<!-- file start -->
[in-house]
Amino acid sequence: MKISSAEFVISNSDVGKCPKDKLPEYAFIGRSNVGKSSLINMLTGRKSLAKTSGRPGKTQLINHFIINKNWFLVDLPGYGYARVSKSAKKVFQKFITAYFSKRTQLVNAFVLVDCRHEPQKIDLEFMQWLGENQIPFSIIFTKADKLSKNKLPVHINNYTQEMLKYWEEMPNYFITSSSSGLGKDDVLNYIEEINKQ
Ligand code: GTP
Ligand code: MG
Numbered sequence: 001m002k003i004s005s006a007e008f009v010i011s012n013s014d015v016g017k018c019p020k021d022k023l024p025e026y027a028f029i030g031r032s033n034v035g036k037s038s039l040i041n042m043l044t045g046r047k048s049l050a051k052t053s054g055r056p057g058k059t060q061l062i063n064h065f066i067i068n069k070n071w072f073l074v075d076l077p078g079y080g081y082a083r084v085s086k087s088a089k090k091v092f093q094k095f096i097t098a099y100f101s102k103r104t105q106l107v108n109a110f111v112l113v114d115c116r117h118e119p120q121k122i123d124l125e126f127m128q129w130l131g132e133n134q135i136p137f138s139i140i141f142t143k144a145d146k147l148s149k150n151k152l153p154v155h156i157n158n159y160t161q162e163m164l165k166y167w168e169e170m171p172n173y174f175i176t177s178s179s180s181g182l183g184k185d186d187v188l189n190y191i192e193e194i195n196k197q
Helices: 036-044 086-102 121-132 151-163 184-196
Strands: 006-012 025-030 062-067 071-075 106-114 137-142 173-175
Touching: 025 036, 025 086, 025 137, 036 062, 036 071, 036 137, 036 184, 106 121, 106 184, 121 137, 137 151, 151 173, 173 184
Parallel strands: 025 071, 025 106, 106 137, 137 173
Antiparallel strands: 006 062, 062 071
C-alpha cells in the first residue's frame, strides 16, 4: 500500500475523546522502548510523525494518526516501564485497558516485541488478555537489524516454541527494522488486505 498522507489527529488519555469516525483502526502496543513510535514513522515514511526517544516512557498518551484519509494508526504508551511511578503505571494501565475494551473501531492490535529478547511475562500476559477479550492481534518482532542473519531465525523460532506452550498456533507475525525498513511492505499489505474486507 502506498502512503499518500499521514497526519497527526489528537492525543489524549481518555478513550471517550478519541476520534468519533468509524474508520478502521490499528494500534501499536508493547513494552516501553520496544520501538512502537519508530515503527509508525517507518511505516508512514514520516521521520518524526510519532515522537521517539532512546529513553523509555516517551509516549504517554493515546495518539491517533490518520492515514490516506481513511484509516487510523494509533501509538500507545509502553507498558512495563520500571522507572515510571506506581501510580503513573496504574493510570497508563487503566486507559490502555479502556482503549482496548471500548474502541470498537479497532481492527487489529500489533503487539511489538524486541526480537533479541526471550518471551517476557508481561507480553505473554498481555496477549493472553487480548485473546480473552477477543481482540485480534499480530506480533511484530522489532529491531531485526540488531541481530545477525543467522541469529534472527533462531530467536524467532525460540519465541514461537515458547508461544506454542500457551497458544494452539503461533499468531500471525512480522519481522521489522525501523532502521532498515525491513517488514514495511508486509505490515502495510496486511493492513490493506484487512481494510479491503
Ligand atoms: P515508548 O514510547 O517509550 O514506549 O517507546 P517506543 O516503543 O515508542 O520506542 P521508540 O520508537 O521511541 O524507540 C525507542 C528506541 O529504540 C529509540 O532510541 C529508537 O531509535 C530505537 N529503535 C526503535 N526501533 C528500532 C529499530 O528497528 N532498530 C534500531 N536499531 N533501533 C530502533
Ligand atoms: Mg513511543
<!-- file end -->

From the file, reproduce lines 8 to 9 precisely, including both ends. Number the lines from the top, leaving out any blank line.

Touching: 025 036, 025 086, 025 137, 036 062, 036 071, 036 137, 036 184, 106 121, 106 184, 121 137, 137 151, 151 173, 173 184
Parallel strands: 025 071, 025 106, 106 137, 137 173